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ARS Home » Midwest Area » Columbia, Missouri » Cropping Systems and Water Quality Research » Research » Publications at this Location » Publication #376534

Research Project: Sustainable Intensification of Cropping Systems on Spatially Variable Landscapes and Soils

Location: Cropping Systems and Water Quality Research

Title: PLFA and EL-FAME indicators of microbial community composition

item Veum, Kristen
item Acosta-Martinez, Veronica
item Lehman, R - Michael
item LI, CHENHUI - University Of Missouri
item CANO, AMANDA - Texas Tech University
item NUNES, MARCIO - Orise Fellow

Submitted to: Laboratory Methods for Soil Health Analysis
Publication Type: Book / Chapter
Publication Acceptance Date: 9/16/2020
Publication Date: 8/15/2021
Citation: Veum, K.S., Acosta Martinez, V., Lehman, R.M., Li, C., Cano, A., Nunes, M.R. 2021. PLFA and EL-FAME indicators of microbial community composition. In: Karlen, D.L., Stott, D.E., Mikha, M.M., editors. Laboratory Methods for Soil Health Analysis, Volume 2. John Wiley and Sons, Inc. p. 251-288.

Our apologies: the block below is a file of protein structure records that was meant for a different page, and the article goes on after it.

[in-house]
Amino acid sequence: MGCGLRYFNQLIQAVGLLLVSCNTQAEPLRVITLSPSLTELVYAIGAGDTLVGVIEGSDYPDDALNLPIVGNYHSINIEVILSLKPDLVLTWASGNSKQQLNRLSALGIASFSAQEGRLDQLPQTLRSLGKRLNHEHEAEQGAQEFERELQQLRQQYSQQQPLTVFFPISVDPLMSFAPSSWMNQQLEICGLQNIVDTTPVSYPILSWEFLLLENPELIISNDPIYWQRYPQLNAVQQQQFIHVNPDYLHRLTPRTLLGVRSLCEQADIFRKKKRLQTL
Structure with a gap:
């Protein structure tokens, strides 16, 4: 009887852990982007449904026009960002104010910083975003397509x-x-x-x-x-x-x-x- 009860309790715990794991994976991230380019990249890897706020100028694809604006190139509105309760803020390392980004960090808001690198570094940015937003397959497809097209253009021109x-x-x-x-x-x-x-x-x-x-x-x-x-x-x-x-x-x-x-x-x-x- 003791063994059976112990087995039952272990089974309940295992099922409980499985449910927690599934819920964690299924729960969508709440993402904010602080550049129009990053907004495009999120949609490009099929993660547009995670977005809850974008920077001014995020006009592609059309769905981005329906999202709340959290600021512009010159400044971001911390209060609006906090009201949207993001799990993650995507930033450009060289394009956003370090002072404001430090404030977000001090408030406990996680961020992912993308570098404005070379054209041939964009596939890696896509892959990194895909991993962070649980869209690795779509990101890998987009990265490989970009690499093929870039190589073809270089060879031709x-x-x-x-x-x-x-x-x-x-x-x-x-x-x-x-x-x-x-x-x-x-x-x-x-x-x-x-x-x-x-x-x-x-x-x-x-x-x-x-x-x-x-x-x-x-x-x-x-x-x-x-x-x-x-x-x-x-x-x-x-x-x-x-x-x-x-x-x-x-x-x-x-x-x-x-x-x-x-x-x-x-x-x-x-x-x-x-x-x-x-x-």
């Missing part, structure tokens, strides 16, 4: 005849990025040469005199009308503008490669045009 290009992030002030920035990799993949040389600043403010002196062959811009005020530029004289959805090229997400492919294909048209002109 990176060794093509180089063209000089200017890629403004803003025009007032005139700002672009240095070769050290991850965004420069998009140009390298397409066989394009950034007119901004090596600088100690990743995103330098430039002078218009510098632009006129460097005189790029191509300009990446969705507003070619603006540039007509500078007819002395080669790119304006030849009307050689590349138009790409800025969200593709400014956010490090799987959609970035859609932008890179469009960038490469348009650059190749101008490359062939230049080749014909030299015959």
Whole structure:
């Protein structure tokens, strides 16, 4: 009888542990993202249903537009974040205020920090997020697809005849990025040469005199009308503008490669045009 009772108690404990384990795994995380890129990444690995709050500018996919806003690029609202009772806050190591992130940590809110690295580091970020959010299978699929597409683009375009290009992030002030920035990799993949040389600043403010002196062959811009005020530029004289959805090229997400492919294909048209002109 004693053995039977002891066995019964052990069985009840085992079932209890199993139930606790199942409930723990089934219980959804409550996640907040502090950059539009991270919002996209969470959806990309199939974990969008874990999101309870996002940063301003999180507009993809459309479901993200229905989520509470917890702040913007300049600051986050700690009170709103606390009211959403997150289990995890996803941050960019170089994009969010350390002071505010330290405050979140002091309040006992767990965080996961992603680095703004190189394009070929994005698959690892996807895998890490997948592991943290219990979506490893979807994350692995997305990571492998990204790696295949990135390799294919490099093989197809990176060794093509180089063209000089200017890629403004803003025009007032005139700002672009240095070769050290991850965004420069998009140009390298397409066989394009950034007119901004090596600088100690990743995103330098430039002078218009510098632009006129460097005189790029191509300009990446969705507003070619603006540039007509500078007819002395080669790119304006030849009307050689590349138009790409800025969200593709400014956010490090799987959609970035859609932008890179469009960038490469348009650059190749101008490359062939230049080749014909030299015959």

Interpretive Summary:

Technical Abstract: Ecosystem level microbial interactions are complex, and soil microorganisms are vital constituents of the soil ecosystem. Microorganisms are also responsive to changes in the physical, chemical, and biological characteristics of the soil, serving as early indicators of soil health degradation. Soil microorganisms are key in major biogeochemical cycles that influence the sustainability of agronomic production systems and provide a wide range of ecosystem services. The diversity and function of the soil microbial community may be the most valuable biological component of any ecosystem, providing pathways for primary production and ecological processes such as nutrient cycling. Methods for quantifying and characterizing the microbial community have evolved considerably since early efforts to culture soil microorganisms and identify them via phenotyping or by selective enrichment methods designed to characterize functional diversity. These early methods were highly selective and captured less than 1% of the existing biodiversity. Modern methods are culture-independent and focus on measurement of biomass by direct or chloroform-fumigation extraction, analysis of lipids such as ester-linked fatty acid methyl esters or phospholipid fatty acids extracted from cell membranes, or DNA-based extraction and identification techniques.